Yousendit.com

Unlike FTP transfers it requires no complicated set-ups or downloading of software.
I discovered it only a couple of months ago, and it’s been incredibly useful.

You can send one file at the time (up to 100MB) to multiple recipients without paying anything at all.
For a more extensive service, including the option of sending multiple files, larger files, password-protected delivery, return receipt etc. you have to pay a monthly fee. However, compared to getting a bike to pick up your CD with monster-files for a client, it’s a pittance.

Highly recommended.

Ken Sprague Cartoon Competition…

June 25, 2008

The winner of the Ken Sprague International Political Cartoon Competition 2008 was chosen yesterday. The title of the competition this year is Earthworks.
The jury included representatives from various newspapers, among them cartoonists like Martin Rowson of the Guardian and myself.

Given the mix of opinionated jury members, most had expected fierce fighting before a winner was finally found, but the process was surprisingly amicable. Naturally there was some vigorous tussling as the selection gradually narrowed down, but I’m glad to say that a very worthy winner was selected by a (healthy) majority vote.

The result will be announced on July 1st.
More about the winner then…

Total Politics…

June 25, 2008

I picked up the first issue of Total Politics today, on a brief trip to Londinium.
For those who don’t know, Total Politics is, according to its own blurb, a “lifestyle magazine dedicated to all things political,” and the brainchild of Iain Dale.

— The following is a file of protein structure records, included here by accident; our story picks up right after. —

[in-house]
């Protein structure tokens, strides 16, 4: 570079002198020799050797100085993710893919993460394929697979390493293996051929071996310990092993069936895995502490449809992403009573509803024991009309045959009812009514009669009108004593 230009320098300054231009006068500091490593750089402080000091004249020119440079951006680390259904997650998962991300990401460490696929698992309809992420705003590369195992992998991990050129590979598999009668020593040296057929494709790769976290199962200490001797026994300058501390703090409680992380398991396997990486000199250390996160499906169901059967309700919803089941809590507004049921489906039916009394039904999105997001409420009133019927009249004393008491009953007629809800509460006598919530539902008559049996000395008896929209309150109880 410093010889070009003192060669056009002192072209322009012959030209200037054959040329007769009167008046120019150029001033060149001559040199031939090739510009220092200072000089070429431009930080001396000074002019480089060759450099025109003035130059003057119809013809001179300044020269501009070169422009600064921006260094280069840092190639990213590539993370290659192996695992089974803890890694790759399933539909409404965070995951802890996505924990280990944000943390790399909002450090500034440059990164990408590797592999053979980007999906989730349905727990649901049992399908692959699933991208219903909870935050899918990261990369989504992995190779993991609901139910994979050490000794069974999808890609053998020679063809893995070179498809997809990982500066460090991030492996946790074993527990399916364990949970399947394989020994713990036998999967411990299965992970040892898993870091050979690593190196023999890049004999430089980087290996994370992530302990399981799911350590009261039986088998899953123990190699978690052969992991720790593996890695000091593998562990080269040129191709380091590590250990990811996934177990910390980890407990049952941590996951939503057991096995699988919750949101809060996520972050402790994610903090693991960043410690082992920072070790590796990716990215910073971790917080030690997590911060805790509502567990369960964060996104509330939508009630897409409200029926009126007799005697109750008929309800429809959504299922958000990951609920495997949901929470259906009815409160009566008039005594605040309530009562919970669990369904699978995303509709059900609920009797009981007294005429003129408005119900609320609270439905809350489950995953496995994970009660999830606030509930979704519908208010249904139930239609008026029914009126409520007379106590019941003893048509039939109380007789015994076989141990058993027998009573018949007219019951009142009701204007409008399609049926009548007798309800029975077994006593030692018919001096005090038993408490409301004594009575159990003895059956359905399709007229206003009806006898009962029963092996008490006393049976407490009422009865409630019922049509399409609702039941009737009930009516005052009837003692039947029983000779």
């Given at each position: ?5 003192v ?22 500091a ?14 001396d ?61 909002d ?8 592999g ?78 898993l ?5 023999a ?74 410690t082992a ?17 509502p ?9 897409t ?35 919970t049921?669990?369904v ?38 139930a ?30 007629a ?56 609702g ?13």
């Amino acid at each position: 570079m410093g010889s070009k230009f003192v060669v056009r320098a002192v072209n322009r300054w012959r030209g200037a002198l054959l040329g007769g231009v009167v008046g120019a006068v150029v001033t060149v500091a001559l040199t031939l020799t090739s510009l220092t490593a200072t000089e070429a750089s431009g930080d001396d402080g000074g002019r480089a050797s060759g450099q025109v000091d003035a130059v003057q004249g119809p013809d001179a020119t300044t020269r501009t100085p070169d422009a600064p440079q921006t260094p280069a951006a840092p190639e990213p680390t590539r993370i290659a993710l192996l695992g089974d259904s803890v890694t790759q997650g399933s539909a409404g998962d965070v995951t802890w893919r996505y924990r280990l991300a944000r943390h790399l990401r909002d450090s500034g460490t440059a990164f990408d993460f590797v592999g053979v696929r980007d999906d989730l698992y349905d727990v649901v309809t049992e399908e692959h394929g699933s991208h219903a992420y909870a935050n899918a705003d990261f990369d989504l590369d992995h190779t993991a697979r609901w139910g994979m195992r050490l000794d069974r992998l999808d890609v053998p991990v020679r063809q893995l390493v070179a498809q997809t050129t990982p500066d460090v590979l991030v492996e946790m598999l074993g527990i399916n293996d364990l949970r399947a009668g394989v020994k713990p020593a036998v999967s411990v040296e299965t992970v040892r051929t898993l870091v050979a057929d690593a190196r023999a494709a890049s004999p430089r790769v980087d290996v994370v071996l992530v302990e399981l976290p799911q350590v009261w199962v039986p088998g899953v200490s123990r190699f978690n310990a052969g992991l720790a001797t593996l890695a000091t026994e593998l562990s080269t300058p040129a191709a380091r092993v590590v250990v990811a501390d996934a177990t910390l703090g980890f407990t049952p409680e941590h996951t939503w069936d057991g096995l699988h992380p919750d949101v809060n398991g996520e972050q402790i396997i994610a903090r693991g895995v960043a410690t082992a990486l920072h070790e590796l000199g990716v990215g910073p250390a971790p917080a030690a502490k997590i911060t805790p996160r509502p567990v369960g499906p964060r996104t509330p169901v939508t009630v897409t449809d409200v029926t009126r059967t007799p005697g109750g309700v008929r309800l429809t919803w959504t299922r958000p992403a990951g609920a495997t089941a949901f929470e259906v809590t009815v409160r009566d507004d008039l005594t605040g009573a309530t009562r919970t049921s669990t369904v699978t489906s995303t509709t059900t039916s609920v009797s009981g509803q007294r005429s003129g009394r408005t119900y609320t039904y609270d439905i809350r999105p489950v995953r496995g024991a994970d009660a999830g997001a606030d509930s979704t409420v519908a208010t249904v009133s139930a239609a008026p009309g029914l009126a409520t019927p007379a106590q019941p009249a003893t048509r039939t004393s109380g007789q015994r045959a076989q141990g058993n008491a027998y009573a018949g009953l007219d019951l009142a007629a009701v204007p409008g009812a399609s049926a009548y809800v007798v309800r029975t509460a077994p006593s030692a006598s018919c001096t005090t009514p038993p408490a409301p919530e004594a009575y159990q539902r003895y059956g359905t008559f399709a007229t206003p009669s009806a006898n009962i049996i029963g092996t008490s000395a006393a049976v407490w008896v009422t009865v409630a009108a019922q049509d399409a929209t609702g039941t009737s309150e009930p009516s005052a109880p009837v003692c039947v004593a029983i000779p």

I must admit that I haven’t read the entire magazine yet, so I won’t give an extensive review of the editorial content, but my first impression is (surprisingly) positive.
There’s a great range of stories covering the many aspects of life in and with politics.

There are however not enough cartoons (but then I would say that wouldn’t I)…
The strip cartoon “Road to Nowhere” by Hoby is good, and its move from Dale’s blog to glossy print seems to me very proper. It suits the publication.
Apart from that though, the only drawn content is a couple of small illustrations. Politics and cartoons have a rich history together in this country, and Total Politics should draw on the large pool of talented cartoonists and illustrators to create more visually engaging pages.

Sadly stock photography is cheaper, and too many publications like this one chose that option despite the fact that it undeniably also makes their product look cheap. The benefits of good illustration go well beyond the image itself. It enhances the reader’s experience of an article and the magazine as a whole. Bad use of imagery does exactly the opposite, and the first issue unfortunately have a few examples of this.

Total Politics is an interesting read though.
I reckon those of us who eagerly look forward to election nights, laugh at The Thick of It and happily watch BBC Parliament when there’s nothing better on, will pick up this magazine again…

George Carlin Drawing on My Mind…

June 23, 2008

Hat Tip to CartoonBrew for this animated short written and narrated by George Carlin who died last weekend. Drawing on my mind (1985) is directed by Bob Kurtz.